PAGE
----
breast reconstruction

Restoring Breast Sensation After Mastectomy

Each year in the United States, more than 100,000 women have mastectomies. Advances in surgical techniques today offer women the hope of a soft, warm breast that may look similar and feel much like her original breast, especially if she undergoes natural tissue breast reconstruction. As a result, more and more women now choose breast reconstruction, either at the time of the mastectomy or later. However, in some cases, women who undergo breast reconstruction learn that the natural “look and feel” of her restored breast actually relates to how the breast will look and feel to someone else. Some women report that their reconstructed breasts do not feel at all natural to her and moreover that the reconstructed breast lacks all feeling and is completely numb to touch and sexual arousal. 

The prevalence of social media and zoom conferences has led some women to be more self-conscious about how they look. While our capability to reconstruct a woman’s breast after a mastectomy has come a long way, the emphasis has been on rebuilding her appearance, with less focus on how she feels. In fact, after mastectomy, many women discover that their breasts are numb – a reality for which they were unprepared. The positive news today is that new techniques in breast reconstruction allow specially trained surgeons to reconnect nerves with the possibility of restoring sensation.   

Why the loss of sensation

In a mastectomy the nerves that provide feeling to the breast and nipple are cut, resulting in a loss of sensation in the remaining skin, regardless of whether or not the woman undergoes breast reconstruction. In the case of breast reconstruction using implants, the artificial breast implant may actually form a physical barrier that prevents nerves from growing through it to reach the skin. However, with natural tissue breast reconstruction, microsurgeons can suture together nerves from a woman’s own tissue to create a new sensate breast. In these cases, rejoining blood vessels and nerves allows them to grow through the transferred tissue to reach the skin and increase the potential return of sensation.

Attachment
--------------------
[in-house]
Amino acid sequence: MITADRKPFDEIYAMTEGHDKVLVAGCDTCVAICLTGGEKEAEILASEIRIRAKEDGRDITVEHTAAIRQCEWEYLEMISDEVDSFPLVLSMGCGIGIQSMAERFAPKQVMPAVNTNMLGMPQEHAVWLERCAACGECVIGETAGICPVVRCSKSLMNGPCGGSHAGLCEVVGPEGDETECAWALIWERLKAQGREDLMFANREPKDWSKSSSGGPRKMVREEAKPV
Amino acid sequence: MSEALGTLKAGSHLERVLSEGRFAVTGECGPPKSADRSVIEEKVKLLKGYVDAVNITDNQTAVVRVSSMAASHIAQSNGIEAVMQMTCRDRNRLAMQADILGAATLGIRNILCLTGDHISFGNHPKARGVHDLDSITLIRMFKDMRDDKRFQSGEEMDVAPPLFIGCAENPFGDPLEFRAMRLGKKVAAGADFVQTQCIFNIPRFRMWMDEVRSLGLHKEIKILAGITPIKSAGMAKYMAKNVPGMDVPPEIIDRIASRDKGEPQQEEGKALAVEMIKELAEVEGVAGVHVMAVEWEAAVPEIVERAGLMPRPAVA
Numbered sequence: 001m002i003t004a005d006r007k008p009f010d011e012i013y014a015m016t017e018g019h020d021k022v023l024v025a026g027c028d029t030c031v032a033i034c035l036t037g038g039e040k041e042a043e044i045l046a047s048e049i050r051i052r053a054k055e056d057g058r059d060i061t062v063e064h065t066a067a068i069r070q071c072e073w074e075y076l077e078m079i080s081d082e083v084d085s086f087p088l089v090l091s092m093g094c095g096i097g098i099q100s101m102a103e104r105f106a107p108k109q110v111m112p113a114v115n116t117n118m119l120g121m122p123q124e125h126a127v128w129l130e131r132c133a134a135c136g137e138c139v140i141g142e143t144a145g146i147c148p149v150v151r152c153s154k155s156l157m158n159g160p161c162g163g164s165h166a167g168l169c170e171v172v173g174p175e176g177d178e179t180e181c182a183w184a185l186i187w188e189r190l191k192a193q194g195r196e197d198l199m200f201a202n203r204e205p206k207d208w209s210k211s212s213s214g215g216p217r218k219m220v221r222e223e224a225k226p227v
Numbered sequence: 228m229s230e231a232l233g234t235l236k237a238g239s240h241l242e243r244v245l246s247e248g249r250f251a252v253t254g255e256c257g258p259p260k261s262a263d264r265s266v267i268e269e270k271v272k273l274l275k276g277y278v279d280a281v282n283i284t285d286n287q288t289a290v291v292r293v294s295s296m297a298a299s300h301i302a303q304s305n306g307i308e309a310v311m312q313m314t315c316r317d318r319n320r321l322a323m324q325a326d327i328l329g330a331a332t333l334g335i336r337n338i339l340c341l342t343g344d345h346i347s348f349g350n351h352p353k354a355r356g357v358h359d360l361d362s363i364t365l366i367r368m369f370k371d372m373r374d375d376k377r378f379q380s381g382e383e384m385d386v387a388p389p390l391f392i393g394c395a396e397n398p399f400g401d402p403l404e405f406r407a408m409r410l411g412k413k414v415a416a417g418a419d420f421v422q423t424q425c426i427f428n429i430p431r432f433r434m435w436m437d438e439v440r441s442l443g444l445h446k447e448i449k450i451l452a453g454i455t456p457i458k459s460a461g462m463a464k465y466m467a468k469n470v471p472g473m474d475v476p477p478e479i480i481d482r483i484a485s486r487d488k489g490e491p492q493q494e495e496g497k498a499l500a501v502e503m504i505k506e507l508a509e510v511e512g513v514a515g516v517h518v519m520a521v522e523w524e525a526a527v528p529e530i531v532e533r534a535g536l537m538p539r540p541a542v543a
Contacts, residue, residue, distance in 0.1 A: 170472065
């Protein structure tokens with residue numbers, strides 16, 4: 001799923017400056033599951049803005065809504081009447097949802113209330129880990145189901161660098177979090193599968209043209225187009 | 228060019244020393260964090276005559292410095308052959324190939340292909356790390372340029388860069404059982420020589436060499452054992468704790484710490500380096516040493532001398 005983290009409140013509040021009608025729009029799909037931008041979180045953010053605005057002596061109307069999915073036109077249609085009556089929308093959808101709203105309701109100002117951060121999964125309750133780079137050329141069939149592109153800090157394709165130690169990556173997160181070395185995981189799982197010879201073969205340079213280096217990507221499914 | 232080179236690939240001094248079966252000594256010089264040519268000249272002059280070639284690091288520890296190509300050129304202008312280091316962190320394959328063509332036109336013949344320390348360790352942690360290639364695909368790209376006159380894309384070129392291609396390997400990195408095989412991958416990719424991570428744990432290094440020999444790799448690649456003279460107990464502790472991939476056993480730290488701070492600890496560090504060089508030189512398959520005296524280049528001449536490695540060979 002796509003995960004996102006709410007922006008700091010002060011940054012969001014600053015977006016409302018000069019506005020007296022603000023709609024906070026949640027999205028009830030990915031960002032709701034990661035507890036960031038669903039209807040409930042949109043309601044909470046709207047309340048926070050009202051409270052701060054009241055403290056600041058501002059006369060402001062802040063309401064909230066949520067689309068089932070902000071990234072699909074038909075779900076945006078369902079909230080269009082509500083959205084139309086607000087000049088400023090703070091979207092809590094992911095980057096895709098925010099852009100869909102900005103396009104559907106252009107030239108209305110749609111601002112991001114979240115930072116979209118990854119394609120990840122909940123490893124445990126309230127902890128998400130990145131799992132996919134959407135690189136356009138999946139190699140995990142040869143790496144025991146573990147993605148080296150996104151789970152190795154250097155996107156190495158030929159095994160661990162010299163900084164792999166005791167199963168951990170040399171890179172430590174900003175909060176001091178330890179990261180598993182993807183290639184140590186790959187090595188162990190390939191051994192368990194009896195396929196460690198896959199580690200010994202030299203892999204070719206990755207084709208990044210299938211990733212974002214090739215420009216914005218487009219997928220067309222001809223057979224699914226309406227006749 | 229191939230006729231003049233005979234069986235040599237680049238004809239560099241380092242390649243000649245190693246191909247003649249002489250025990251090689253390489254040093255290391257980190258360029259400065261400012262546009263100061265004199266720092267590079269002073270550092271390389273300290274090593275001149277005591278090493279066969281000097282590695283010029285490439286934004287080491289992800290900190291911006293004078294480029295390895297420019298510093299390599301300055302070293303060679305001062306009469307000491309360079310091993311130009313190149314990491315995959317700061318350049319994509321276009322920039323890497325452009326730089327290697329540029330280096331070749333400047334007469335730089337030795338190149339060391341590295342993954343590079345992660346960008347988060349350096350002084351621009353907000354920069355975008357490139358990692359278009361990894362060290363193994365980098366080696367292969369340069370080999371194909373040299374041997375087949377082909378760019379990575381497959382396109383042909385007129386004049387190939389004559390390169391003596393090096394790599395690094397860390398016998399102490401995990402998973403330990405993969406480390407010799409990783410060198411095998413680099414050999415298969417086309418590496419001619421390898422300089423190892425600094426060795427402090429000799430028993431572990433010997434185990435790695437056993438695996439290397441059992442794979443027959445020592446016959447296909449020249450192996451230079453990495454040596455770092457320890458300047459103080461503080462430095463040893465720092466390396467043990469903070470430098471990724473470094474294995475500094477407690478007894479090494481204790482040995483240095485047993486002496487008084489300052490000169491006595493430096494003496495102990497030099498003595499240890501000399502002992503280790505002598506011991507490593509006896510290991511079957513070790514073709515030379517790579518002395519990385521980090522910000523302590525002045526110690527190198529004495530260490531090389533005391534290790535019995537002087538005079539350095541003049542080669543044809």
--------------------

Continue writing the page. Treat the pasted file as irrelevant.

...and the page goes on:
There are different types of sensation – deep pressure, light touch, pain, and temperature – and they each come back at different rates. Deep pressure sensation usually returns most quickly and temperature most slowly. Moreover, regenerated nerves can take months or even years to reach the skin, and the quality of sensation is variable. Since nerve growth is slow and the return of sensation is not ensured, not all surgeons prioritize reconnecting the nerves to restore sensation. However, taking the time in surgery to carefully repair the nerves can result in the return of feeling and improved sensation. Innovative microsurgical techniques that use neural tubes and nerve grafts have provided some patients with excellent sensation and even erectile function of the nipple.

Restoring sensation is on the frontline in breast reconstruction. Sensory restoration can help a woman feel more normal after mastectomy. Each woman will have a unique experience and result, but it is important for surgeons to do their best to restore a woman’s body as fully as possible to help her regain her health and sense of self.

Constance M. Chen, MD, is a board-certified plastic surgeon with special expertise in the use of innovative natural techniques to optimize medical and cosmetic outcomes for women undergoing breast reconstruction. She is Chief of Microsurgery at New York Eye and Ear Infirmary of Mount Sinai. She is also Clinical Assistant Professor of Surgery (Plastic Surgery) at Weill Cornell Medical College and Clinical Assistant Professor of Surgery (Plastic Surgery) at Tulane University School of Medicine.

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